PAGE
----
Boris Johnson has declared an “Omicron emergency” and warned people against thinking the new variant will not make them seriously ill.

In a statement on Sunday night, the prime minister pushed everyone to get their Covid booster jab.

He said everyone eligible aged 18 and over in England will have the chance to get their booster before the new year.

Mr Johnson also said that the UK Government will provide additional support to accelerate vaccinations in Scotland, Wales and Northern Ireland.

Here is a look at what the current situation is in the UK and what is expected to happen over the coming days and weeks.

How will this faster booster vaccine rollout be achieved?

Mr Johnson said it will require an “extraordinary effort”.

He said the “emergency operation” will be assisted by deploying 42 military planning teams across every region and setting up additional vaccine sites and mobile units.

He said opening hours will be extended so that clinics are open seven days a week, with more appointments early in the morning, in the evening, and at weekends.

He also said thousands more volunteer vaccinators will be trained.

Will the efforts to give booster jabs to the nation affect other parts of the NHS?

Yes. Mr Johnson said the focus on boosters and making the new target achievable will mean some other appointments will need to be postponed until the new year.

But he said that if this is not done now, then the wave of Omicron “could be so big that cancellations and disruptions, like the loss of cancer appointments, would be even greater next year”.

What did Boris Johnson say about the Omicron variant?

Mr Johnson said there is evidence that Omicron is doubling in the UK every two to three days, adding that we know from “bitter experience” how exponential curves develop.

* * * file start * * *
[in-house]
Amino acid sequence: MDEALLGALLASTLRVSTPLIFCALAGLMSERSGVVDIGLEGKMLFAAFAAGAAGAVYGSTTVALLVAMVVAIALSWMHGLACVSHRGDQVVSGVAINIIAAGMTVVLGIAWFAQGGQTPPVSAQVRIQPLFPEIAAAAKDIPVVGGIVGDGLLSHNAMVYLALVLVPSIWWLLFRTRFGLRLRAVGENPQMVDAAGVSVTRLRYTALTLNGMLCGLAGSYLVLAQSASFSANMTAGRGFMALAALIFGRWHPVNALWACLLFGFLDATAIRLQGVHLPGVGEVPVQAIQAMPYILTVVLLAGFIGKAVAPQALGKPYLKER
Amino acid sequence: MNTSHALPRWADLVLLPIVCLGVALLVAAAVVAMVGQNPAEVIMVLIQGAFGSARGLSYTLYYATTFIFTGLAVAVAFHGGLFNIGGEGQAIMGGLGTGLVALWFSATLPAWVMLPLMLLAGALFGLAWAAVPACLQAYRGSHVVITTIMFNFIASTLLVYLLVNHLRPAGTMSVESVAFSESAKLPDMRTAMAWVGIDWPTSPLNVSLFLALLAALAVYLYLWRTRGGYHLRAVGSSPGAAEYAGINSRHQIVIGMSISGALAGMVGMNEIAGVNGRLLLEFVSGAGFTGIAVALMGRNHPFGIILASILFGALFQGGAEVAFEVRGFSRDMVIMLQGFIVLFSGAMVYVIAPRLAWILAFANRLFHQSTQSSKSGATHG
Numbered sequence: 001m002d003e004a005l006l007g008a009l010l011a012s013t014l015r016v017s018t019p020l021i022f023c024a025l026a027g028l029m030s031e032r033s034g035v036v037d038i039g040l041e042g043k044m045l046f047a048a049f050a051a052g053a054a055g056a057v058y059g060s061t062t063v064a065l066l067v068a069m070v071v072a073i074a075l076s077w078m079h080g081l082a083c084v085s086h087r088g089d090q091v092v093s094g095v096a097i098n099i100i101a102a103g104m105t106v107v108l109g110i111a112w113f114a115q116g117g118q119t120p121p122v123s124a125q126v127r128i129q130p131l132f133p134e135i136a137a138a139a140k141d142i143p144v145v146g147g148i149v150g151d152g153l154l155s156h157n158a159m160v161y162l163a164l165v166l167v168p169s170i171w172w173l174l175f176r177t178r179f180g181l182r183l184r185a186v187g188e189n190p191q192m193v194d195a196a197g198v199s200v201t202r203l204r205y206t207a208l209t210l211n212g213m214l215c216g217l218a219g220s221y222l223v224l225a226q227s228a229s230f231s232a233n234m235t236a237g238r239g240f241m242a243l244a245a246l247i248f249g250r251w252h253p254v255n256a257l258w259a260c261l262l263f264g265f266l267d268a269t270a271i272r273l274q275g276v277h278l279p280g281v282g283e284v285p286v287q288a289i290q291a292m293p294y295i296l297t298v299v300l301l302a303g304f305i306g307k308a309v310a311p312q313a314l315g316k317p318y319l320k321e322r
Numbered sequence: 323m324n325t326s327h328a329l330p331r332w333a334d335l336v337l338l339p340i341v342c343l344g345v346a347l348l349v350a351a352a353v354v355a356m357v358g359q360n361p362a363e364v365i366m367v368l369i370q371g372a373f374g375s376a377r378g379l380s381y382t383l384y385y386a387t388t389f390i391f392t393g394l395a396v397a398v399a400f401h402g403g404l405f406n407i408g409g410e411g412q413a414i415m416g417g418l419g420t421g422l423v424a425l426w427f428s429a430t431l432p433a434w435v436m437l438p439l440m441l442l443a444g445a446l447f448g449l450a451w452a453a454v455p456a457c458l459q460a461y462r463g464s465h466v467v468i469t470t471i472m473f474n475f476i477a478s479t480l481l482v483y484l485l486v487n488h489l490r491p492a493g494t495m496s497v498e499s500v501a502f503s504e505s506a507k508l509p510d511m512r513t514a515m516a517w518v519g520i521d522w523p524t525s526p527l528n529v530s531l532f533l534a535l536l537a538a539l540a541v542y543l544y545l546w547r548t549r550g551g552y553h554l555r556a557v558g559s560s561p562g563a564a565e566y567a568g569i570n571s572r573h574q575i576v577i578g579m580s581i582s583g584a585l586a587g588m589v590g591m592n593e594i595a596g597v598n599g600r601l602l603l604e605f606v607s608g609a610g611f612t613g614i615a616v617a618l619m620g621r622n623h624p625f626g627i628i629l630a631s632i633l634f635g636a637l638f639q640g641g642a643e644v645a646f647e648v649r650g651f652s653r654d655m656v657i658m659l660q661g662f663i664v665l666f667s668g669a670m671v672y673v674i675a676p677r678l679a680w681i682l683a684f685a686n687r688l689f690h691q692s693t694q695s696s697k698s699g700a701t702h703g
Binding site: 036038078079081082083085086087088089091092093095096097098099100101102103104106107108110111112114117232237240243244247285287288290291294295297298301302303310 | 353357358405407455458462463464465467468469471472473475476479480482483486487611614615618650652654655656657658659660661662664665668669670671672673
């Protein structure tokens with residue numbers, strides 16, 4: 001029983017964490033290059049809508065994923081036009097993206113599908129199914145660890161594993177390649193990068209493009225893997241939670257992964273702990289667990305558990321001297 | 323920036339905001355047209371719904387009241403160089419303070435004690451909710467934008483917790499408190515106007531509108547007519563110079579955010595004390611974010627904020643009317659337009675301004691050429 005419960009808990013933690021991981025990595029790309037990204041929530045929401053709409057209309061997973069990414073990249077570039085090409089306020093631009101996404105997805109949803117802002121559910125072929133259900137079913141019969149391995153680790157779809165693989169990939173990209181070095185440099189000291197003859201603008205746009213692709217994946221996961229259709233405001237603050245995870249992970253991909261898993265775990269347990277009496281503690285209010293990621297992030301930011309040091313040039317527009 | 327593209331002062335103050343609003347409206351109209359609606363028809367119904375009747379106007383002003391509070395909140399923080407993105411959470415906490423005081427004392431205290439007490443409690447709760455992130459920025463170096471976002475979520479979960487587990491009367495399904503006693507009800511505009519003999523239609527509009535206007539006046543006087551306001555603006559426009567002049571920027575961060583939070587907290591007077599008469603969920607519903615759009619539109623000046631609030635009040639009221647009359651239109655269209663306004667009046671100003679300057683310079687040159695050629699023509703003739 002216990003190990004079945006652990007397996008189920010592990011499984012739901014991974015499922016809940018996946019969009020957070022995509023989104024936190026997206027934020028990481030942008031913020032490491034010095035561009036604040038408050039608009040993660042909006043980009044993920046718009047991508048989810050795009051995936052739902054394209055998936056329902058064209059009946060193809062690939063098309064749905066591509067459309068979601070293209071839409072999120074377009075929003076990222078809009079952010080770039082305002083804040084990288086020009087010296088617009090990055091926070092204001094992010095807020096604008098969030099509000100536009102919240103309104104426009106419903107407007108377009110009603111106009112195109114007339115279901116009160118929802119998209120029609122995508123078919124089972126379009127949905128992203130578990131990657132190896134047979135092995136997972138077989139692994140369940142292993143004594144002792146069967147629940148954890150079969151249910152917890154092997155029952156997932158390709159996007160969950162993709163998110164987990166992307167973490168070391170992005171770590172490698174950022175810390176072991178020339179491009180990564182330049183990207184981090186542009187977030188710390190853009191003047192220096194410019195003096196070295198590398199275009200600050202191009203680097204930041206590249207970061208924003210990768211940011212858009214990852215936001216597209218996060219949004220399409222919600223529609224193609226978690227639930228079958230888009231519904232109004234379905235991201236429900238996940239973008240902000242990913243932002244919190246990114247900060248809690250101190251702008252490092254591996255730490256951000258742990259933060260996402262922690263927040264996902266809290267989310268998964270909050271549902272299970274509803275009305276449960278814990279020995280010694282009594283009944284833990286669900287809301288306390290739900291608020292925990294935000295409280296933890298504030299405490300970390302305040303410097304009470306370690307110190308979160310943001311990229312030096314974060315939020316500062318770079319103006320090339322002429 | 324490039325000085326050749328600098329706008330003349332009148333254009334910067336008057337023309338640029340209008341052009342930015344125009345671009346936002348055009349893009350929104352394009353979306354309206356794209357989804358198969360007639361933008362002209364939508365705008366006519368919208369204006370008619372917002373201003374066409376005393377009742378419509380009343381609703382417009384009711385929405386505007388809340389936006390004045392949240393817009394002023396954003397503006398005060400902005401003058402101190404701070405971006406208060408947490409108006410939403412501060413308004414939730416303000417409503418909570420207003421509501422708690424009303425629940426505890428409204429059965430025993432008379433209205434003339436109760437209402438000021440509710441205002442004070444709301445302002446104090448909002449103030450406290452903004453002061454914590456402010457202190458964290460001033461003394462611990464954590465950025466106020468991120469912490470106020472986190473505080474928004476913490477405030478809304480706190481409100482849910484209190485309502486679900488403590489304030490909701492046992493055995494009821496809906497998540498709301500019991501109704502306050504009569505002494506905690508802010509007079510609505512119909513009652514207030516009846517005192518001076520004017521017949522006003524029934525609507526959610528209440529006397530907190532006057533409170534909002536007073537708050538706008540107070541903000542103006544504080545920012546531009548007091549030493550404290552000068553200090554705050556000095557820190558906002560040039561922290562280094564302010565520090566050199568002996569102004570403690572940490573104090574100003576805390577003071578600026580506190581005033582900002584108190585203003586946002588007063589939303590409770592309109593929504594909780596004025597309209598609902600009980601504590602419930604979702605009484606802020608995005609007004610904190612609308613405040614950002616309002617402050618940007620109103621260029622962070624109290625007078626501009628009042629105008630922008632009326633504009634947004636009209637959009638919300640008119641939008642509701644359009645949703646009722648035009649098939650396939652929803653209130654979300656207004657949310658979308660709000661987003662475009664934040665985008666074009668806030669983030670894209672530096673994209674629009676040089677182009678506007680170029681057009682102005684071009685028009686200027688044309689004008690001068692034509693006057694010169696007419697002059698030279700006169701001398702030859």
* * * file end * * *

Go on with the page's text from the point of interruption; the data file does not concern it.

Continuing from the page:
He said there is “no doubt” that the UK faces a “tidal wave” of Omicron infections.

He said it was “clear” that two doses of a vaccine are “simply not enough to give the level of protection we all need”, but that a booster can bring the level of protection back up.

Mr Johnson said there are currently patients with Omicron in hospital, adding that at this point scientists cannot say the new variant is less severe than previous variants.

“And even if that proved to be true, we already know it is so much more transmissible that a wave of Omicron through a population that was not boosted would risk a level of hospitalisation that could overwhelm our NHS and lead sadly to very many deaths,” he said.

How important is it to get the booster jab?

Analysis by the UK Health Security Agency (UKHSA) has found that the AstraZeneca and Pfizer vaccines provide “much lower” levels of protection against symptomatic infection with Omicron compared with Delta.

But the UKHSA said a booster dose gives around 70% to 75% protection against symptomatic infection with Omicron.